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Articles filed under Commentary

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  • Election-year budget benefits no one Jun 20, 2014 1:01 AM
    Guest columnist Ralph Martire: We expect elected officials to address societal needs with well-designed, effective policy initiatives. Of course, the overtly political milieu in which public policy is created usually frustrates this expectation.

  • The useful distinction between analysis, opinion Jun 19, 2014 1:01 AM
    Columnist Jim Slusher: Is there a difference between analysis and opinion? Yes, there is, and it’s an important distinction for news consumers to think about.

  • The reality conservatives must face Jun 19, 2014 1:01 AM
    Columnist Michael Gerson: There is a reason Sen. Marco Rubio and House Speaker John Boehner have sometimes prioritized immigration reform in ways that seemed divisive within the conference — because they think that the Republican future depends on overcoming a durable impression of suspicion toward new Americans. And they are correct.

  • For Obama, the wages of doing nothing Jun 18, 2014 1:01 AM
    Columnist Richard Cohen: Other than avoiding war, it’s hard to know what Obama wants. I know what he says, but actions always speak louder than words.

  • Cantor’s swan song Jun 18, 2014 1:01 AM
    Columnist Kathleen Parker: Conventional Wisdom, that self-righteous propagandist, has it that Republican House Majority Leader Eric Cantor’s trouncing by an academic, tea-sipping nobody marks the end of the GOP establishment. The Tea Party candidate crushed Cantor, they say. The old-guard Republican Party is toast! It’s over. Finito. And those were the Democrats talking.

  • What our country needs from the press Jun 17, 2014 5:01 AM
    Columnist Lee Hamilton: These days, the scandal involving long wait times at VA hospitals can feel like some made-in-Washington spectacle generated by politicians looking for headlines. But it isn’t. It had its genesis in a late-April report on CNN that as many as 40 veterans may have died waiting for appointments at VA hospitals in Phoenix. And it’s a reminder of just how important old-fashioned shoe-leather reporting remains to our system of government, especially when it uncovers official misdoing.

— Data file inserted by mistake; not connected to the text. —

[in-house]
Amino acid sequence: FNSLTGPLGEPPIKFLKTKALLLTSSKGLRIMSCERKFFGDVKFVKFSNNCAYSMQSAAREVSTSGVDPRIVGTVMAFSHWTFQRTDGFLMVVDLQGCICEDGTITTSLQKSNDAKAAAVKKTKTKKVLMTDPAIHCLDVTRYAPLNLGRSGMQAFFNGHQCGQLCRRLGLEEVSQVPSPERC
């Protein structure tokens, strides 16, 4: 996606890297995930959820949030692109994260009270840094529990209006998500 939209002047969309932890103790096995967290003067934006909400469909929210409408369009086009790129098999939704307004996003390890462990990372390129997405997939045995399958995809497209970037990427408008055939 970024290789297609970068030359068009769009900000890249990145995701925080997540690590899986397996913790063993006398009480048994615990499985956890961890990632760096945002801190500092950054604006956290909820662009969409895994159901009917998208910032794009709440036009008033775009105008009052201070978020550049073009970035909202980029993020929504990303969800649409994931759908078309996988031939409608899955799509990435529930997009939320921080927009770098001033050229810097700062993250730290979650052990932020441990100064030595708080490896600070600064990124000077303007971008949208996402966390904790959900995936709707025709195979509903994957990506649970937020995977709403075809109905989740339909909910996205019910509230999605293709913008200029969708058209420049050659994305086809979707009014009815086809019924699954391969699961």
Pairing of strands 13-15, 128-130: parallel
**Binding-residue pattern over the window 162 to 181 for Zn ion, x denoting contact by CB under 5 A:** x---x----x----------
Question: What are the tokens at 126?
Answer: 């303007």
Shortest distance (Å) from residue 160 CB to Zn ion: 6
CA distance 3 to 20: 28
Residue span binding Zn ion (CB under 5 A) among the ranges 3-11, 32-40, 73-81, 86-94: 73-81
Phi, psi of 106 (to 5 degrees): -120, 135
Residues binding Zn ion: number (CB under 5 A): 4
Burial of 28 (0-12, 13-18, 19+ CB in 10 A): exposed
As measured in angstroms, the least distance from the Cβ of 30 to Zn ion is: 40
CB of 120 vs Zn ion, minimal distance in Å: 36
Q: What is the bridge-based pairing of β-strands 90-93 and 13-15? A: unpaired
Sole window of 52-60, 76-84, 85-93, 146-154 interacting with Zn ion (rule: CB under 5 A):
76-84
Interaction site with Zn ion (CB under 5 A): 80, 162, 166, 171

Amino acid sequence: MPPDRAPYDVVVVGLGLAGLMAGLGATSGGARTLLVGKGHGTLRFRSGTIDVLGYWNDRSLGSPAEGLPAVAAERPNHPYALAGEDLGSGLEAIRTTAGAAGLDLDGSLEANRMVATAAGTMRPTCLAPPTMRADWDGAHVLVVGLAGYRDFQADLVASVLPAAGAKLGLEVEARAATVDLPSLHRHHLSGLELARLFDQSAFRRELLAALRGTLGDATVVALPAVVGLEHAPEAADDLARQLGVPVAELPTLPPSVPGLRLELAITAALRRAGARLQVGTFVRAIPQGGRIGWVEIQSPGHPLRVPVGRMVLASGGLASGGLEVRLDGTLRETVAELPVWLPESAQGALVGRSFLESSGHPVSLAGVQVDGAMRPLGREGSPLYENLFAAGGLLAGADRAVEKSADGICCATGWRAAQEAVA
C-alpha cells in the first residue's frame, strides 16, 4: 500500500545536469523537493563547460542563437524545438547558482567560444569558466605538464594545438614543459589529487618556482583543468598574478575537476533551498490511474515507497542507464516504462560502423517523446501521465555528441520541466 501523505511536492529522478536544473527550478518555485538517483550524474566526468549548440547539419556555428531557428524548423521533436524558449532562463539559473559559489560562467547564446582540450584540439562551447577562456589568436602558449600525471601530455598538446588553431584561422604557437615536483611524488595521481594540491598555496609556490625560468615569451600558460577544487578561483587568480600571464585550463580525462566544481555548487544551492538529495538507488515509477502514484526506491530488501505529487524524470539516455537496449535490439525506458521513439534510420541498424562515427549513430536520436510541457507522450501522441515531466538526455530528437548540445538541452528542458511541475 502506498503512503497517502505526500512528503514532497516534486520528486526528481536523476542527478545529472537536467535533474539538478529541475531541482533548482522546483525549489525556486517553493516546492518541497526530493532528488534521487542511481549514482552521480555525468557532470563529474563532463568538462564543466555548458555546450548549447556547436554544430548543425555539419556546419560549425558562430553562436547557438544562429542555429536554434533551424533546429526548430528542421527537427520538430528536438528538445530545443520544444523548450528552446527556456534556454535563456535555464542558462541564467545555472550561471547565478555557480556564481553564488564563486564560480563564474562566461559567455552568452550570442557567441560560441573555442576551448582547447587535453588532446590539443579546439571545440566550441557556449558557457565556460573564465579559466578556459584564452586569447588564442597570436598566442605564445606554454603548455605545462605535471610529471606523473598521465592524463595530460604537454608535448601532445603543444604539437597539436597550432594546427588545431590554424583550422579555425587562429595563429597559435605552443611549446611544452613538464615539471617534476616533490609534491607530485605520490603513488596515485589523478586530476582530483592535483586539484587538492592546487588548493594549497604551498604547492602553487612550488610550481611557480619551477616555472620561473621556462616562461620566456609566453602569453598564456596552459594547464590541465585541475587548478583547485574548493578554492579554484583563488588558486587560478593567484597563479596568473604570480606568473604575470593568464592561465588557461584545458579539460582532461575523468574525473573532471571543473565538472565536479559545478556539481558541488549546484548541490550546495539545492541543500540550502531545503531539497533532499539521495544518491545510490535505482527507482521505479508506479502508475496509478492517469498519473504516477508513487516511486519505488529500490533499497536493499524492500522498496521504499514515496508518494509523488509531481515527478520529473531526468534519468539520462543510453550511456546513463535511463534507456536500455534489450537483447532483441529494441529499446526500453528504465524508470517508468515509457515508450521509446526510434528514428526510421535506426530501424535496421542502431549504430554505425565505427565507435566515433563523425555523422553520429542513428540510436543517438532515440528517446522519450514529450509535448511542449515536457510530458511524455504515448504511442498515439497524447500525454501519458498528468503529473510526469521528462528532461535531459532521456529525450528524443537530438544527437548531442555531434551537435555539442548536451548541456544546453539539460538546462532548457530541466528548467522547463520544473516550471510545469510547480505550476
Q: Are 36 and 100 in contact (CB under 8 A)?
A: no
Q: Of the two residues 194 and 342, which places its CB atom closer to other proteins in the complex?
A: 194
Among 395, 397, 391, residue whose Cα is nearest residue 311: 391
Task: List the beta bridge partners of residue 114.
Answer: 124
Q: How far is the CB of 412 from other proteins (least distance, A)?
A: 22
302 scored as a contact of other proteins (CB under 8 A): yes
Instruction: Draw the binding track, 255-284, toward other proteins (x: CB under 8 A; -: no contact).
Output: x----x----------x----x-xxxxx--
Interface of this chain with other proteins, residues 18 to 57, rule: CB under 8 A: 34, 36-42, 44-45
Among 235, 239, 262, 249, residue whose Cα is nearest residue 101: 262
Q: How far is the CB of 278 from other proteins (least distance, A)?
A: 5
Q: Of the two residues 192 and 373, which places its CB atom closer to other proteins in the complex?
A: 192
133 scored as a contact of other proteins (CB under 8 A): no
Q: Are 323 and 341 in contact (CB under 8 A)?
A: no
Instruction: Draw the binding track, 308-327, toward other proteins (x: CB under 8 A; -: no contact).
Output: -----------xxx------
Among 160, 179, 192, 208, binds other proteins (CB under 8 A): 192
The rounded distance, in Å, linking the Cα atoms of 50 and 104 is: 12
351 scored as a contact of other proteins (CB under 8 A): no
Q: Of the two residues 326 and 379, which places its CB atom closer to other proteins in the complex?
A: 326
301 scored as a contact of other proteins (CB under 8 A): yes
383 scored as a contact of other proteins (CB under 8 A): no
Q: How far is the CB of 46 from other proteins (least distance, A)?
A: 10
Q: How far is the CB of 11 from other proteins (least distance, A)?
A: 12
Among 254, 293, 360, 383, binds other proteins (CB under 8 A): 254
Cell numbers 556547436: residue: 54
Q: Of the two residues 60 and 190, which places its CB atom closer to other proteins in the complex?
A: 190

• The end of illusions Jun 17, 2014 5:01 AM
    Columnist Michael Gerson: On June 10, President Obama said that the greatest frustration of his presidency was the failure to pass gun control legislation. It was the same day that Mosul, the second-largest city in Iraq, fell to the Islamic State of Iraq and Syria (ISIS), a radical splinter of al-Qaida. The next day, Tikrit was taken by the militants, who are now preparing for the battle of Baghdad.

  • Semi-iconic Route 59 full of traffic tales Jun 15, 2014 9:55 AM
    From a "diverging diamond" on I-88 to Roma D'Italia in Bartlett, Route 59 has its share of interesting tales, says Jim Davis, DuPage/Fox Valley news director.

  • Pension a modest reward for police who endure Jun 13, 2014 5:01 AM
    Guest columnist Steven Parkinson: As the saying goes, we all put our pants on one leg at a time. However, in our profession, after the pants comes the uniform shirt adorned with patches and a badge that identifies us as peacekeepers and somebody who is willing to put him/herself in harm’s way to protect your life and property.

  • Simple blotter reporting is full of complexities Jun 12, 2014 9:09 AM
    Columnist Jim Slusher: Our top editors began a conversation this week that is likely to continue for a long time to come. And it’s one in which you may have a direct interest and, ultimately, some desire to influence.

  • Governments hide, voters decide Jun 12, 2014 5:01 AM